|manure producers of Galicia|
Whilst tossing back shandies in his fine front patio we watched a massive mob of sheep pass by on the street outside. They belong to the family that owns the Casa el Cura, Leo said. And it occurred to me... Leo has dung access. And Leo owes us a favor. I asked. He said “hell yeah.” And the following day, armed with ten black rubber buckets and two shovels and a tarpaulin, we filled the back of the Kangoo with fragrant fertilizer and delivered it up to the back yard of the Peaceable.
The following day I took the galgo dogs to Leon to be neutered. It took all day. I pottered around town, enjoyed several uninterrupted hours in a university library (it was heaven!) discovered a new corner of 16th-century Leon I´d never seen before. I returned to the veterinary clinic in the evening to pick up the girls.
And while sitting on a bench in the sun outside, I felt a fierce itching on my ankles. Then up round my knees. Something was biting me, but I couldn´t see any spider or fly or insect anywhere.
It was maddening. All the way home, and through the evening, and then overnight, I felt the little pinpricks. I couldn´t spend too much time worrying about my itchiness because I had two convalescent greyhounds to deal with, and a camino to plan for, and guests in the house.
Wednesday morning I rose, covered in bright red spots. I showered in the hottest water I could stand, stripped the sheets off the bed, sprayed the bedroom and the laundry room with flea-killer, and washed dogs, sheets, blankets, clothing, and whatever else occurred to me. And as I loaded the machine, I saw what the problem was:
The itchies were FLEAS. I assumed the veterinary clinic must have an infestation, and the fleas came home with us from there. But that place is spotlessly clean.
Then came Kathy and JoAnne, two fashionable ladies from California, ready to walk the last bit of the Camino Invierno with me. (Me and Kathy go way back; she was the very first pilgrim to visit The Peaceable Kingdom, back before it was even blessed. Her sister is an LA Woman, tiny and energetic and neat as a pin). On the way home from the train station JoAnn pointed out there were fleas on her ankles, fleas in the back seat. And a sewer-like odor.
And so I fumigated the furgoneta, too, and set the chickens loose out back, to give the sheep poo a good going-over. I changed my mind about where those bugs must´ve come from: They came with the sheep poo. Sheep are always crawling with fleas, you know, and they´d certainly hitch a ride in the manure pile. A car is always so warm inside, and with the occasional dog and pilgrim chucked in for a nice snack, it would be a flea paradise. And add me, a nice main course. Fleas, mosquitoes, flies, spiders, all kinds of vermin -- they just love to bite me. (Just so you know: Paddy spent that Night of the Bites under the same sheets with me, but suffered nary a nibble. No one else in the place, nor in the car, was bitten. There is no justice.)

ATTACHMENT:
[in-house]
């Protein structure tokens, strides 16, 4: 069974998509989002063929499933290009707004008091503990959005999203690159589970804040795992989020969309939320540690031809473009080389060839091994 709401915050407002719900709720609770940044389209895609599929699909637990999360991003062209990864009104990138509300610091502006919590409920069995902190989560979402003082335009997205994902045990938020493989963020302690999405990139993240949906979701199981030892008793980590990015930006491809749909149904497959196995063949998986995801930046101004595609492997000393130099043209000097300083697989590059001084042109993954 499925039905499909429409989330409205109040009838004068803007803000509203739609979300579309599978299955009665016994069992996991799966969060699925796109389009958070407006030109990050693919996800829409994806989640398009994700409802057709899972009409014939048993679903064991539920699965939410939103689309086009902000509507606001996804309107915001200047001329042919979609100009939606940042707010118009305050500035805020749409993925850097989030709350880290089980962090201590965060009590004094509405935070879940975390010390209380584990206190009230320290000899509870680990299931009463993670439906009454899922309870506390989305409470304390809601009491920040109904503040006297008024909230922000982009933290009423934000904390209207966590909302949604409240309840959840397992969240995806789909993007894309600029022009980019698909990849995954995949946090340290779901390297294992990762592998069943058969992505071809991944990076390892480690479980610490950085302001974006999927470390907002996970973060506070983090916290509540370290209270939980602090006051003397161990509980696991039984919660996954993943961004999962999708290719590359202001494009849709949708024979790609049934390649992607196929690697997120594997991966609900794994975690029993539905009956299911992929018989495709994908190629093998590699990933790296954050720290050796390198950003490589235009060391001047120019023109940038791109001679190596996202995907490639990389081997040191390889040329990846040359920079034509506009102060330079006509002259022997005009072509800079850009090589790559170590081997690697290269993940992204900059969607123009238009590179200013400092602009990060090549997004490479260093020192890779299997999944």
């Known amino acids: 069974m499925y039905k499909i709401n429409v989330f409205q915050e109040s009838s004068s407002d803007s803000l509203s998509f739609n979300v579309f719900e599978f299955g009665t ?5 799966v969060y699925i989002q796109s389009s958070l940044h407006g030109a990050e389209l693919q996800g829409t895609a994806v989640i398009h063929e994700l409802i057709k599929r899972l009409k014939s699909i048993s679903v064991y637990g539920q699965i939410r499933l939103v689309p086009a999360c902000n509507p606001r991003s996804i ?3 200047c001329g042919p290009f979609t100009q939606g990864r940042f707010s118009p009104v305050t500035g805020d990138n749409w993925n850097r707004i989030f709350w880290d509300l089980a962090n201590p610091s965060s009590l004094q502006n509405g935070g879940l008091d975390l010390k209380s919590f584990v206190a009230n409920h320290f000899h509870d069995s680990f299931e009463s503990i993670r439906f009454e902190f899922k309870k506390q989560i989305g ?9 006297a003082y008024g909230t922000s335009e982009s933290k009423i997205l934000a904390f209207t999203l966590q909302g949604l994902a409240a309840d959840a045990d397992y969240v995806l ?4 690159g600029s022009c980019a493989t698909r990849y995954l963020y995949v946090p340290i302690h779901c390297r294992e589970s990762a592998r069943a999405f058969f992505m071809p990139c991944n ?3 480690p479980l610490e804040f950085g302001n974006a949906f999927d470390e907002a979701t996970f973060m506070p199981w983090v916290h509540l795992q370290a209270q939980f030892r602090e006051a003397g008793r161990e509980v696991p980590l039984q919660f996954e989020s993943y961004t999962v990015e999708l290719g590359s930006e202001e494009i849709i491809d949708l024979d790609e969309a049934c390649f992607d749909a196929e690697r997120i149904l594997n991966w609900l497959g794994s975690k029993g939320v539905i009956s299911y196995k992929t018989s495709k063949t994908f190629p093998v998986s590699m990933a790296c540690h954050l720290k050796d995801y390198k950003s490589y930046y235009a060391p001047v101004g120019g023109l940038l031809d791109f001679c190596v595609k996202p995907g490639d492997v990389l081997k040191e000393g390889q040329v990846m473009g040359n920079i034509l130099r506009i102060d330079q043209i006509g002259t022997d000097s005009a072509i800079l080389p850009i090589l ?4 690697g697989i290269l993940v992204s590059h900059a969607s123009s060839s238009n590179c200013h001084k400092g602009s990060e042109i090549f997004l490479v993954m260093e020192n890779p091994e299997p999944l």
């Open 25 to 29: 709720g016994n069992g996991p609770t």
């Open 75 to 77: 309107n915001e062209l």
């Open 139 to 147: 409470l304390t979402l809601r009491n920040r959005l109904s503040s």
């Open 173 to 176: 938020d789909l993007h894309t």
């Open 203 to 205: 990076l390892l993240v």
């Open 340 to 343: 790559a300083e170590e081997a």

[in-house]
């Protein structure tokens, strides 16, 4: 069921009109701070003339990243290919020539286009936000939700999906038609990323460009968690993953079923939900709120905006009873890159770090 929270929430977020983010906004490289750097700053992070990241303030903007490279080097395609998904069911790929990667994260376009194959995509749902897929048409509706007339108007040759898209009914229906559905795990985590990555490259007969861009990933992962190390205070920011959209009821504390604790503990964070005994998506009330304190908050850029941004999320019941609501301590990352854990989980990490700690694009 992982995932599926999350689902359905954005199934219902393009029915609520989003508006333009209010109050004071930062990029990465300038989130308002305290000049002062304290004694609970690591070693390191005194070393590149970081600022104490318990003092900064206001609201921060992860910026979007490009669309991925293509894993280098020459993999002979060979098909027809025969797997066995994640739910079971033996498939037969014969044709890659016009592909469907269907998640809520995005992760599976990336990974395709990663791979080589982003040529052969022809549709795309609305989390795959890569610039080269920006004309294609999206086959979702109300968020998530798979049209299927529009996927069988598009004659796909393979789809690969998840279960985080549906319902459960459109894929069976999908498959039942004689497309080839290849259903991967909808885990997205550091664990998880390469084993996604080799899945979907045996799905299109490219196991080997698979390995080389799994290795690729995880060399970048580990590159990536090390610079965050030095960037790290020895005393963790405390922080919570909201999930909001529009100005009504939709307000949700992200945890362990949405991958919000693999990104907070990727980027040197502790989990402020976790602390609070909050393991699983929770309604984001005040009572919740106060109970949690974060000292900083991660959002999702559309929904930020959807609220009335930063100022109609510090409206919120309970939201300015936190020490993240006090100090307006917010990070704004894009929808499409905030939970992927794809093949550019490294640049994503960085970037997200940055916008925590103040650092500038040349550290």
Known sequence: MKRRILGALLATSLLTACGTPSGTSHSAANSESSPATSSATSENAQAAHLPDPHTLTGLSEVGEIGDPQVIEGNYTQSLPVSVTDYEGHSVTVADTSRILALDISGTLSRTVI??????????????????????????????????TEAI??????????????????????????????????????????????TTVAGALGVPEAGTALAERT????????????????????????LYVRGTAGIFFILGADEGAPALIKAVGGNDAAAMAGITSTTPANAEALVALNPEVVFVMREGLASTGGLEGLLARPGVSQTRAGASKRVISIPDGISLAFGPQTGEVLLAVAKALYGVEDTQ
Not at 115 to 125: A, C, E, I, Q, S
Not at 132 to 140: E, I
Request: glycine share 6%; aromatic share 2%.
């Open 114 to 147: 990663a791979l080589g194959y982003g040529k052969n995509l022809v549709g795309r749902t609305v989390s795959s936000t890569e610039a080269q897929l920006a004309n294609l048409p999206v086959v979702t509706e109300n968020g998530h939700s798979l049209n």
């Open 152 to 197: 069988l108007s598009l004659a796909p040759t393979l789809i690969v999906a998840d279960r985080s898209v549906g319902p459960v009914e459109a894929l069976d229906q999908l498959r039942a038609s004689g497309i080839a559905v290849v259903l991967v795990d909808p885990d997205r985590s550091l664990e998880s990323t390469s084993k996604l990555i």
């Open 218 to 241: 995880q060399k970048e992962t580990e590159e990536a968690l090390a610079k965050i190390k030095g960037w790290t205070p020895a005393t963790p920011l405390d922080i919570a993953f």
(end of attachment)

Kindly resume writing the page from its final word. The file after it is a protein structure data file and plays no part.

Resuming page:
So, putting all crawly things behind us, the three of us ladies set off on the train to Monforte de Lemos, for a 120-kilometer camino to Santiago. It´s the same alternative camino trail I followed in April, but without the dysentery, mud, and solitude, and with some improved waymarks. It was MUCH more enjoyable this time around. I intend to write it up fully so other pilgrims and hikers can take advantage of an unspoiled trek through Darkest Galicia.
The hike took a week to do. We came home Friday, beat-up but satisfied. There were beautiful, clean sheets on my bed, and when bedtime arrived I slipped into my favorite place and let out a deep sigh.
I thought for a moment I felt something walking on my ankle.
But by then I was asleep.
Stay with me. The story continues!
This morning a tractor roared up to the rear of our garden and backed a big trailer up to the gate. Inside the cab, smiling the biggest smile in Moratinos, was Eduardo. He´d brought our abono. Three tons of it.
|Eduardo, a farmer outstanding in his tractor|
What a beautiful gift – farm-fresh fertilizer, tons of it, straight from the dairy to our door. There´s plenty enough for our vegetable beds, trees, roses, flower pots, compost bin, and maybe even the desert wastelands that once were lawn!
Now all I gotta do is finish building the raised-bed frames, and wrestle them into place, and level them. Once I get the concrete mixer back from Bruno, I will set to work to make up some good dirt. I have all the elements now, and Leo even gave me the recipe for garden soil:
Dirt for Growing Things In
1 shovel of sand,
1 shovel of peat moss stuff
2 shovels of regular local dirt (aka “adobe”)
2 shovels of manure
Cream together in the cement mixer for a couple of minutes until uniformly damp and lumps disappear. Dump it into the garden bed, coat with chopped straw, and leave it to bake in the sun and rain for several months (over winter).
And in the spring, with luck and rain, hoeing and weeding, sun and seeds, you get:
Lettuces, carrots, turnips, melons, beans, tomatoes, peppers, squash, and marigolds.
Hope springs eternal, out here on the meseta.
You can have it all if you work hard and ask nice, and when your neighbors give you so many kinds of shit. Excrement is something we all can appreciate if we give it a little thought.
And if you can keep your shiny clean dogs from rolling around in it.
And if it isn´t full of fleas.